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Burk v. Leonhauser

United States District Court, E.D. Pennsylvania

August 19, 2019

THOMAS LEONHAUSER, et al., Defendants.


          PAPPERT, J.

         Plaintiff Ishmael Ali Burk has filed an Amended Complaint against Officer David W. Denton which the Court dismisses for the reasons that follow.


         Burk filed his initial Complaint pursuant to 42 U.S.C. § 1983 against Denton and two other police officers. He alleged that on June 27, 2017, the Defendants assaulted him after a chase. He also alleged that Officer Denton planted drugs on him, and that Denton “lied and said that [he] had heroin on [him] but no drugs were ever found.” (Compl. at 11.)[1] Burk sought monetary damages to compensate him for his injuries and for “false information and planting false evidence.” (Id. at 7.)

         Public dockets reflect that on June 26, 2017, Burk was charged with several counts of aggravated and simple assault, resisting arrest, assorted driving offenses, and related offenses stemming from this incident. See Commonwealth v. Burk, Docket No. MJ-07108-CR-000200-2017. The docket does not reflect any drug-related charges. Burk pled guilty to certain of the charges and other charges were nolle prossed, apparently in connection with the plea. See Commonwealth v. Burk, Docket No. CP-09-CR-0004724-2017.

         In a Memorandum and Order entered on the docket July 30, 2019, the Court granted Burk leave to proceed in forma pauperis and dismissed his Complaint pursuant to 28 U.S.C. § 1915(e)(2)(B)(ii). The Court first concluded that Burk's excessive force claims related to the events of June 27, 2019 were time-barred because Burk filed this lawsuit more than two years after his claims accrued. As to Burk's remaining claims against Denton, the Court stated that Burk failed to sufficiently develop his allegations to state a Fourth or Fourteenth Amendment claim for malicious prosecution or fabricated evidence. Burk was given leave to amend those claims.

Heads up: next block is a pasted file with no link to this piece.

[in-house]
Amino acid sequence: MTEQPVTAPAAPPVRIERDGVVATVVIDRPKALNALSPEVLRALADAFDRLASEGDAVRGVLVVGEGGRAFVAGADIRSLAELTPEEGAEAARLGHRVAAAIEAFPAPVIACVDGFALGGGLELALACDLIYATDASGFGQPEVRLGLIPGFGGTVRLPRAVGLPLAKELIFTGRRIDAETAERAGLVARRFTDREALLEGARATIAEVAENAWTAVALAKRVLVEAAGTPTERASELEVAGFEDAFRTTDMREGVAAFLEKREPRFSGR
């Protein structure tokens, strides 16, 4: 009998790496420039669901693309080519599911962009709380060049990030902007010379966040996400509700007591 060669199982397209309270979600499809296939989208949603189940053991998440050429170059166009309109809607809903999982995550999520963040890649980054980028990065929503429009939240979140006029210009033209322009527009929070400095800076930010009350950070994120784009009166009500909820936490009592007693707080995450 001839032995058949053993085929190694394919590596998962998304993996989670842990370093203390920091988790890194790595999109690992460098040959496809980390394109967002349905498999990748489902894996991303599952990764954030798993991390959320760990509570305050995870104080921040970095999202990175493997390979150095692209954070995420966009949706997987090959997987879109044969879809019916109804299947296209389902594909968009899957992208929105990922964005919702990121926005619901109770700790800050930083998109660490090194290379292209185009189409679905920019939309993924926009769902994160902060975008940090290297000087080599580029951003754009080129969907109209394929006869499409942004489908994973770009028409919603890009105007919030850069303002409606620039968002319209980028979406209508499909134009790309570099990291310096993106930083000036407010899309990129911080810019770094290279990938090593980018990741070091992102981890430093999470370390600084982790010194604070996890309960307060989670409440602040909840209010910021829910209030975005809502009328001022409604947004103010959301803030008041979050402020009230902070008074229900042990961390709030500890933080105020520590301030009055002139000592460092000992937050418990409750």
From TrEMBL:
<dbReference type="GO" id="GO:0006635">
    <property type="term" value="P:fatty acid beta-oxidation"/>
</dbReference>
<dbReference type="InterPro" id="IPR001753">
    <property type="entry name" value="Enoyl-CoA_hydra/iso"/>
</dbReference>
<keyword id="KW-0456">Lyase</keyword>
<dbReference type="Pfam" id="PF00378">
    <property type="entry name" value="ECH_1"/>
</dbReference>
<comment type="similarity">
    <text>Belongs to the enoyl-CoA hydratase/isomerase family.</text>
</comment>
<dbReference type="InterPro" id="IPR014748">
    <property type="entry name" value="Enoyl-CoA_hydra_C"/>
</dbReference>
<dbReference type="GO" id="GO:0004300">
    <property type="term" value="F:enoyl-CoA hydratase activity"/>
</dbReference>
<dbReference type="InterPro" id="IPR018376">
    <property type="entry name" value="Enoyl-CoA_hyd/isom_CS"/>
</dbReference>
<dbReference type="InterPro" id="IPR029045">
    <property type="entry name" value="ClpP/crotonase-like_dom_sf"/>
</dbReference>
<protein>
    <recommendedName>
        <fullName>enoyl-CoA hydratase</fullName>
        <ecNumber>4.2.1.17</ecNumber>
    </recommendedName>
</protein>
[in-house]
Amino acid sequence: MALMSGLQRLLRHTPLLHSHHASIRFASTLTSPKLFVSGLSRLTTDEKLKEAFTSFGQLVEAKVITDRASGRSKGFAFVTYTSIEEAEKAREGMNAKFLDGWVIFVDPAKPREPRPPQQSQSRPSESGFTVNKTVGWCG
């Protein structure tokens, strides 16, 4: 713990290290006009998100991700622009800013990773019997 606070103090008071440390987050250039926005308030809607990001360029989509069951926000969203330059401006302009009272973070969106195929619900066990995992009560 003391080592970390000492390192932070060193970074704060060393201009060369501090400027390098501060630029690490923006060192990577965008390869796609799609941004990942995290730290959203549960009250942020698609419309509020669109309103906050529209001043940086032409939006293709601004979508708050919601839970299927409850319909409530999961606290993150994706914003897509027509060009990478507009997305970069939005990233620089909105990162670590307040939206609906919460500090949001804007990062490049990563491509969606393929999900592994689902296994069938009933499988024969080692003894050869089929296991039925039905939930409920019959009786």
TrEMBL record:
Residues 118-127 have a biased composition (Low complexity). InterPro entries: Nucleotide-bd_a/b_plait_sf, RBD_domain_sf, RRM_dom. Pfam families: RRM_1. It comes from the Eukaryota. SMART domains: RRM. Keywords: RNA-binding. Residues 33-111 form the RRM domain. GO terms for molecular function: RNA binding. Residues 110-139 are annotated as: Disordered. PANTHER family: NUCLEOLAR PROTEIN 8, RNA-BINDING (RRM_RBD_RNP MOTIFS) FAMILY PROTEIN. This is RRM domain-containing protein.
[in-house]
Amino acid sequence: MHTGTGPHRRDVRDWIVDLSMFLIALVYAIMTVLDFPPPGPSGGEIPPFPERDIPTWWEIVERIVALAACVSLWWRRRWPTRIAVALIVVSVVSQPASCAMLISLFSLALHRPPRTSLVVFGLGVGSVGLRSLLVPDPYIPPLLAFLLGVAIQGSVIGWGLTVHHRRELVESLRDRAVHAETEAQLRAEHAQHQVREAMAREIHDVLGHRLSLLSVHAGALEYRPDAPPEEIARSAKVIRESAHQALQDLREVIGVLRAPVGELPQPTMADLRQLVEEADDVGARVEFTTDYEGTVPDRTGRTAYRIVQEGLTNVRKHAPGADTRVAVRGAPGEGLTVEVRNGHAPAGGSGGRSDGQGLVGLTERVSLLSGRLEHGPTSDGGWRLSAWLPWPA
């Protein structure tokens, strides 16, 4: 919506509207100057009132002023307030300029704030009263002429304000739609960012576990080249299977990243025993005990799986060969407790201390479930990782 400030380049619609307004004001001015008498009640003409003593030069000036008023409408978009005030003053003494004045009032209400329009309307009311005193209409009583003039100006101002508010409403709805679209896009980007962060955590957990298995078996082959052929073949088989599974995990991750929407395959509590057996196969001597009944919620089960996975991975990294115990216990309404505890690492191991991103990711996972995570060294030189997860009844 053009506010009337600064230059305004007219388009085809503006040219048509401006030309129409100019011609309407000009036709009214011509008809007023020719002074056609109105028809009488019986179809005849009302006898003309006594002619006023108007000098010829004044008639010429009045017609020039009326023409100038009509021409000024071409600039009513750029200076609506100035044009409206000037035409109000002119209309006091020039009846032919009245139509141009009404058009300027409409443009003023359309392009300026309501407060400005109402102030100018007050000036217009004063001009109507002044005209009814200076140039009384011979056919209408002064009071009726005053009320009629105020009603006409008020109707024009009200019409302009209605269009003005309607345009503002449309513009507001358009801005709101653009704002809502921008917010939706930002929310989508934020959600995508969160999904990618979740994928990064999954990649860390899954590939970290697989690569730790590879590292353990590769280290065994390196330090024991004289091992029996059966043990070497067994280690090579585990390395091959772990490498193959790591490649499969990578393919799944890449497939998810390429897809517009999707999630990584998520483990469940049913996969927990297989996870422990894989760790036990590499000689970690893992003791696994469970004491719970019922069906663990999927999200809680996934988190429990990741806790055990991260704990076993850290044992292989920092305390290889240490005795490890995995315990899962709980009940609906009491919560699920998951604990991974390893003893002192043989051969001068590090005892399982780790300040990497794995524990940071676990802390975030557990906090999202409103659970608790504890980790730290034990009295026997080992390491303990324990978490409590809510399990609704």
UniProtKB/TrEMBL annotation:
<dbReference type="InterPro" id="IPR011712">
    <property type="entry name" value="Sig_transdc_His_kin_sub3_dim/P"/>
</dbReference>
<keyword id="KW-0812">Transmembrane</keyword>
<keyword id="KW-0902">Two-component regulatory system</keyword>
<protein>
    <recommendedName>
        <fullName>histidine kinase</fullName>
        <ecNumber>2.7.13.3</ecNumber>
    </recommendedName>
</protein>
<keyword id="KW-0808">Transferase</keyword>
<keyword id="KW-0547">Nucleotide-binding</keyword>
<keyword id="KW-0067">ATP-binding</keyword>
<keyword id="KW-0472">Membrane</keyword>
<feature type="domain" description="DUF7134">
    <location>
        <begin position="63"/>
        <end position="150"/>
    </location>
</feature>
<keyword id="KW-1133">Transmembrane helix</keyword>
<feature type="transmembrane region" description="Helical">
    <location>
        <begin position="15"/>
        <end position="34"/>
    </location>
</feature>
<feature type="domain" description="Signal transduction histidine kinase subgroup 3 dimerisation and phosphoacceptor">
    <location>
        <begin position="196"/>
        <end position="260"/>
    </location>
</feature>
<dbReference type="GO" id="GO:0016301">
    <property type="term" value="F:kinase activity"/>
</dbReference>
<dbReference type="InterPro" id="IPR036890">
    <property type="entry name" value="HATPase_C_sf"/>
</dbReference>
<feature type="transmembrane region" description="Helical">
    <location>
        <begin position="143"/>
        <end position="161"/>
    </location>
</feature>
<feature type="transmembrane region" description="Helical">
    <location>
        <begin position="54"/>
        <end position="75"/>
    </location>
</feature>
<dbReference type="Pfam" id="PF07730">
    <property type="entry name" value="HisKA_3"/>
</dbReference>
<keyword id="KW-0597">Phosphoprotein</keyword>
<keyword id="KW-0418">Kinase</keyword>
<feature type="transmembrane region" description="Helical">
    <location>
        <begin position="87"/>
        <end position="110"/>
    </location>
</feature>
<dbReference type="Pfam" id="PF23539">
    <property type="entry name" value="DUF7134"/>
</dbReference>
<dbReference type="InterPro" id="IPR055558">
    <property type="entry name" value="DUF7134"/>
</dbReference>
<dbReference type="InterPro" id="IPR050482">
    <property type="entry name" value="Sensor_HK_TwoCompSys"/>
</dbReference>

Burk filed his Amended Complaint against Denton claiming that Denton planted heroin in his rectum. Burk alleges that although he was never charged with drug possession, Denton's false allegation “had a huge impact on the way [he] was sentence[d]” because the false allegation was included in the Commonwealth's sentencing memorandum. (Am. Compl., ECF No. 7 at 13.) Public records reflect that following the events above, Burk pled guilty to various fraud offenses in the Bucks County Court of Common Pleas. See Commonwealth v. Burk, Docket No. CP-09-CR-0008580-2017 (Bucks Cty. Ct. of Common Pleas). The dockets reflect that Burk's sentences in that case and his criminal case arising from the police chase were set to run consecutively to each other. Burk filed an appeal, which is currently pending.


         As Burk is proceeding in forma pauperis, 28 U.S.C. § 1915(e)(2)(B)(ii) applies, which requires the Court to dismiss the Amended Complaint if it fails to state a claim. Whether a complaint fails to state a claim under § 1915(e)(2)(B)(ii) is governed by the same standard applicable to motions to dismiss under Federal Rule of Civil Procedure 12(b)(6), see Tourscher v. McCullough, 184 F.3d 236, 240 (3d Cir. 1999), which requires the Court to determine whether the complaint contains “sufficient factual matter, accepted as true, to state a claim to relief that is plausible on its face.” Ashcroft v. Iqbal, 556 U.S. 662, 678 (2009) (quotations omitted). The Court may also consider matters of public record. Buck v. Hampton Twp. Sch. Dist., 452 F.3d 256, 260 (3d Cir. 2006). As Burk is proceeding pro se, the Court construes his allegations liberally. Higgs v. Att'y Gen., 655 F.3d 333, 339 (3d Cir. 2011).